How do you attract nurses?
As a recruiter looking to determine what travel nurse recruitment strategies you are going to use, start first by asking yourself: what type of travel nurse am I trying to attract? You have to think deeper than location and specialty to effectively interact with a travel nurse. Although no two travel nurses are exactly the same, understanding the different types of travelers is important to defining your travel nurse recruitment strategy. To get into the mind of a travel nurse and understand what they are really looking for, pairing a story to each type of traveler can help. Use these travel nurse personas to identify what type of nurse you are going to focus your recruitment efforts on, and what nurse recruitment strategies you will deploy.
The Uncertain Traveler Newbie
We’ll call this new to travel nursing persona Alex. Alex is a top-performing Critical Care RN. She’s worked in the same packed ICU for almost four years now. Having mastered every aspect of this unit, from Charge Nurse to Code Team, she knows she is more than competent as an ICU nurse. However, she cannot shake the nervousness she feels when thinking about leaving her comfortable ICU job and pursuing a career in travel nursing. Alex really wants to broaden her professional experience but is scared that after four years of building a strong reputation among peers, respect from the Intensivist, and finally learning where everything is in the supply room she’ll be throwing it all away.
Alex is asking herself questions like: how will I adapt to a new environment? Will the staff there appreciate my grim sense of humor? Will the equipment be the same? There are vast uncertainties for a nurse that works hard for knowledge and control of what’s going on. But she really wants to travel.
Alex is searching with a few different recruiters for a contract with nothing but these uncertainties holding her back. She wants to know all the details. Where will she live? What size is the ICU? Do they block schedule? What is the patient ratio? Will she care for neuro, cardiac, trauma (or all of the above)? What charting system is used? Will the color of the scrubs be different? Which shift will she work? The list goes on …
As a seasoned ICU nurse, Alex makes calculated, confident decisions once the situation is fully understood, because to do anything less would present risk. Alex and ICU nurses like her are quite risk-averse.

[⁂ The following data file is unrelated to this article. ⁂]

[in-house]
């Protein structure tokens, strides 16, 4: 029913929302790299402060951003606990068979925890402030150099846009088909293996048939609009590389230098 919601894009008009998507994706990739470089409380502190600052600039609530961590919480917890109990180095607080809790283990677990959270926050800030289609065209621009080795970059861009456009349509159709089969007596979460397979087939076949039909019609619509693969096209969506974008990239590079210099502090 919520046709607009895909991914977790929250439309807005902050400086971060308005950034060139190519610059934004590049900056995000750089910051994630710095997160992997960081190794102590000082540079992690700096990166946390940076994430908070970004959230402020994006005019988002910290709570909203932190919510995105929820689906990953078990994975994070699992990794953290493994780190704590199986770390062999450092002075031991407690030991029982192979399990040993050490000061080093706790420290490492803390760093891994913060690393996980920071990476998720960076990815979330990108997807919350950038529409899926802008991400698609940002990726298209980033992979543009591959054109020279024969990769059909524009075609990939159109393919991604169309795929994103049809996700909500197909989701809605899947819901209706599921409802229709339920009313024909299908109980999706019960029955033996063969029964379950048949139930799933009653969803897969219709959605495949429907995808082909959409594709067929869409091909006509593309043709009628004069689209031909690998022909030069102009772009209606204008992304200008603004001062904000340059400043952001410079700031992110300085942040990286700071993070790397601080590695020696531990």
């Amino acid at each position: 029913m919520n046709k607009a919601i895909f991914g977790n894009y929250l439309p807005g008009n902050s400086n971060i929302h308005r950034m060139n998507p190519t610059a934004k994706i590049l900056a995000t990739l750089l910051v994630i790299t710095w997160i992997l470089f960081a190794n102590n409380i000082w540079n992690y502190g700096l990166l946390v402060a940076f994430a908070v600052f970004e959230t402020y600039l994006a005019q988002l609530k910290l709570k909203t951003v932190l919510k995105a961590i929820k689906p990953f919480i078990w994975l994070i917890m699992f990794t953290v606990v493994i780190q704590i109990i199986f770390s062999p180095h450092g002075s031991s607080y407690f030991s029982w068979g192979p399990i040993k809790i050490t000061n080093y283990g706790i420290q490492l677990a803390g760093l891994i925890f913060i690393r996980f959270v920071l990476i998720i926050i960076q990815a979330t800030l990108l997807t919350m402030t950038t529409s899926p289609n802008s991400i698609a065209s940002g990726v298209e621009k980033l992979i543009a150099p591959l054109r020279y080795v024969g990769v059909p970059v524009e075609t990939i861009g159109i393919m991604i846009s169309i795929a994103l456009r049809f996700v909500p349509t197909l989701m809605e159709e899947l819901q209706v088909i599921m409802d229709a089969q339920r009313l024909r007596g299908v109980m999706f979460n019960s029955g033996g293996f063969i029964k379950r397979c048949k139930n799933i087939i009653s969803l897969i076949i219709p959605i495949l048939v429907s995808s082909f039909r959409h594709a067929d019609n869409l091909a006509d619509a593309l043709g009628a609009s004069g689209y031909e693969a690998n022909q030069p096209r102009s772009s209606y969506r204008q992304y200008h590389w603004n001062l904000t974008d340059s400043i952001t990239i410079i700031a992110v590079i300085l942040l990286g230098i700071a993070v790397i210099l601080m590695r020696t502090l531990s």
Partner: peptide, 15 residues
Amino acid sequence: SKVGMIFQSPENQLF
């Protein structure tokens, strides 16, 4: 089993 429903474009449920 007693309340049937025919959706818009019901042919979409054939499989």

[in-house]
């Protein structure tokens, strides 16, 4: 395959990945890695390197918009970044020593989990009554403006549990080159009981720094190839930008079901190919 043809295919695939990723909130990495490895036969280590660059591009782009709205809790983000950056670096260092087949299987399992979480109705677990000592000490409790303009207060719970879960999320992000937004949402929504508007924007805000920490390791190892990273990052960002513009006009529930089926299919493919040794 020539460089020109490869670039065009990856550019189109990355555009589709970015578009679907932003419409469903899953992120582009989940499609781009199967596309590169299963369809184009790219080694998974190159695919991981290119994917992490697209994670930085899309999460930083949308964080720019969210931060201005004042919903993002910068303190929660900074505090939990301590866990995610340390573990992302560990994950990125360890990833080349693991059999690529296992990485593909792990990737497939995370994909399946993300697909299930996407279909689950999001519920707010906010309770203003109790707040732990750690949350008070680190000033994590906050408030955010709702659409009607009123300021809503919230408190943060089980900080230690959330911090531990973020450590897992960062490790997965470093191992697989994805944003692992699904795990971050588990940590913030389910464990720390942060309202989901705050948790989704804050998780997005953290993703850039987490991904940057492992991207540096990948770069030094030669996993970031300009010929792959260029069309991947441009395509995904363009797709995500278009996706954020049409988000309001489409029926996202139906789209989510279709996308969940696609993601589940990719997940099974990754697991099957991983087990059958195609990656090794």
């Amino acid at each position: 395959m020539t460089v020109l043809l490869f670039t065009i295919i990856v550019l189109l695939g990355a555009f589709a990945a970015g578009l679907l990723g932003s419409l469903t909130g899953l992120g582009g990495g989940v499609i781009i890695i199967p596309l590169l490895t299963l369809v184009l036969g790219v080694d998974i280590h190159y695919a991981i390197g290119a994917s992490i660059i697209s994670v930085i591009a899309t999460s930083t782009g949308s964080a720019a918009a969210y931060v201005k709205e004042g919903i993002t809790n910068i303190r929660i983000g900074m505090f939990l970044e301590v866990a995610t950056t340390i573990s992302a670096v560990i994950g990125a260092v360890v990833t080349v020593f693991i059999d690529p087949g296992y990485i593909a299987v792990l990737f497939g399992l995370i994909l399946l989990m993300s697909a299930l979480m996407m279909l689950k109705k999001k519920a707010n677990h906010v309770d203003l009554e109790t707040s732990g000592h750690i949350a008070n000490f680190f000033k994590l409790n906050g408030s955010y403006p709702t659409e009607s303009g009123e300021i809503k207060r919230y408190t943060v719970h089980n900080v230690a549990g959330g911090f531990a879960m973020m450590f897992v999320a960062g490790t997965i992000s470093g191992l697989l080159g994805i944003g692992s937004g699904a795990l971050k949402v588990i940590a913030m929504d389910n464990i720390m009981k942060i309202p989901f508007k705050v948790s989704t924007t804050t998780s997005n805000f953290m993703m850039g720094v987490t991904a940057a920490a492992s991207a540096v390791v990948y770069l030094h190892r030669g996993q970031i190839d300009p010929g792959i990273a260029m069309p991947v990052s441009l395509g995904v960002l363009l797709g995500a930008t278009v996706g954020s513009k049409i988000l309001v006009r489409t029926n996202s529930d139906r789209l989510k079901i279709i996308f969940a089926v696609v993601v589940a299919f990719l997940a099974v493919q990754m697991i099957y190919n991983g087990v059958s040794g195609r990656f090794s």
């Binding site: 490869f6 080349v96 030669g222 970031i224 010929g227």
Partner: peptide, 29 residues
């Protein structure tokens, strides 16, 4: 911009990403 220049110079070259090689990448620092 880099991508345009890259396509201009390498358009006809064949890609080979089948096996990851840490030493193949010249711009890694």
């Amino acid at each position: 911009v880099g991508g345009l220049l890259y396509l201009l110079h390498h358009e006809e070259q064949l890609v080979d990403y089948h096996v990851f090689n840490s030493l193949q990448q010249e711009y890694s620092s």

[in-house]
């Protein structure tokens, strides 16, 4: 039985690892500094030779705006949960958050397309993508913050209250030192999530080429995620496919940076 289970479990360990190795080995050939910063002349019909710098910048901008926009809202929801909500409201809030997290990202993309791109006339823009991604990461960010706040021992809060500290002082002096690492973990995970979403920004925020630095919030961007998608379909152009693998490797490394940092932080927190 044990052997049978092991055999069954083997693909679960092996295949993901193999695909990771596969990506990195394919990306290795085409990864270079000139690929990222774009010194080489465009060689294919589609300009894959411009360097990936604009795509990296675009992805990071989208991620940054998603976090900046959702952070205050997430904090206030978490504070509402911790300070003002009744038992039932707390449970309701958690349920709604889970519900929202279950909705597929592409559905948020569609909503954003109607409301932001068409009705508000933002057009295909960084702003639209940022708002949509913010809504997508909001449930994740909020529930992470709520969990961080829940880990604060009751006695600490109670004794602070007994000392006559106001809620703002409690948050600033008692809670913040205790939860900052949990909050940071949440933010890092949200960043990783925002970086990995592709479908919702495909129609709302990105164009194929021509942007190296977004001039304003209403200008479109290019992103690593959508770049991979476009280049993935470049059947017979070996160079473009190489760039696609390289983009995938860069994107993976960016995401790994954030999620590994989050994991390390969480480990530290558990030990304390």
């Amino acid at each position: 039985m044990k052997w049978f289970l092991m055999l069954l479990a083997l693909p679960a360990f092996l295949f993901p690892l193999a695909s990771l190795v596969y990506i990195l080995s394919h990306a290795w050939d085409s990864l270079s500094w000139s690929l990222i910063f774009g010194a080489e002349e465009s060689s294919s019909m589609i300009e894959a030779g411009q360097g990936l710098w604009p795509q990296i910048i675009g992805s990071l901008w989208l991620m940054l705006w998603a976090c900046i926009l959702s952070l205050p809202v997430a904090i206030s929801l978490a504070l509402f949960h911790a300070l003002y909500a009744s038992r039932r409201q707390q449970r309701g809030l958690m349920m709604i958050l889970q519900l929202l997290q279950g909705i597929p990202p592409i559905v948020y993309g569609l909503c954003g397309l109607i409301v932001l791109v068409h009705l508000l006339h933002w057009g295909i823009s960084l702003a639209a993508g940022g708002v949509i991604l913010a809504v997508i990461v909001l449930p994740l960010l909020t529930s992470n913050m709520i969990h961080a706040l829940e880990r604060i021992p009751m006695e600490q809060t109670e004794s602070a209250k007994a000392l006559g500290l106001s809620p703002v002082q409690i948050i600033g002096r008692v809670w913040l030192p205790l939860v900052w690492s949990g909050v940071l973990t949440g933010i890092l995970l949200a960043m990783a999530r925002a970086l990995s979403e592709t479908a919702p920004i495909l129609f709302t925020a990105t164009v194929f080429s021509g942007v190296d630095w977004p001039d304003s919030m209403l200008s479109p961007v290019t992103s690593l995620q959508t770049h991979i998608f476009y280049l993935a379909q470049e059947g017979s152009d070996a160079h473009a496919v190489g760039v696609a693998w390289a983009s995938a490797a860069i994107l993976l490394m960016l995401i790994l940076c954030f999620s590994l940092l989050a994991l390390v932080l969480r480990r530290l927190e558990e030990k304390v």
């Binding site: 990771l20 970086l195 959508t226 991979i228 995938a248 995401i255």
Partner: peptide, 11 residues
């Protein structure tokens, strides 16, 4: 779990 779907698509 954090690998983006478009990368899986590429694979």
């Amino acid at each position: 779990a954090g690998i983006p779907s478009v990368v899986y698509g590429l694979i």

What are the qualities of a good recruiter for the nurse who is uncertain of travel?
- When presenting options, pack on the details. The more she knows, the better.
- Get insights on the hospital and department. Use other travelers you know as a resource. Nobody will know the ins and outs of a hospital more than another nurse who has worked there.
- Set up a conversation between the nurse and the nurse manager, outside of the standard interview, to allow time for questions.
- Don’t be pushy. Don’t rush decisions. The travel nurse will see you as salesy and quickly become cautious.
Be transparent. If anything feels off or sketchy they’ll be gone before you can explain.
- Educate. Taking the time to educate a new traveler is huge. If you can truly establish trust with a travel nurse during their first assignment, you’ll be their guide through the complexities of travel healthcare. To a new traveler, this industry can be very overwhelming. Don’t lose sight of this just because you’ve been around the block.
- Be patient. Any nurse that is this cautious and thorough is probably a kick-ass nurse who’s going to leave facilities wishing she’d stay forever, so it’s worth giving it some time.
At the end of the day Alex knows she wants to travel, but also knows her worth and needs to understand every last detail before she makes a decision. Building your nurse recruitment strategies around this understanding is key. She won’t be persuaded into a situation that she is uncertain of. A recruiter that identifies and respects this is the ticket to getting this stellar ICU nurse into the travel nursing world.
We’ll call this one Dontel the Adventurer. Dontel knows what he wants, and you won’t convince him otherwise. Dontel travels with his fiancee and small dog “Vino”. They are on a mission to deeply explore a pre-defined list of cities and regions and are using his career as the vehicle to get them there. Dontel might as well have been a realtor because location, location, location, and timing is the determining factor in his contract decisions. He’s enticed by exotic beaches, beautiful hikes, and cities that don’t sleep.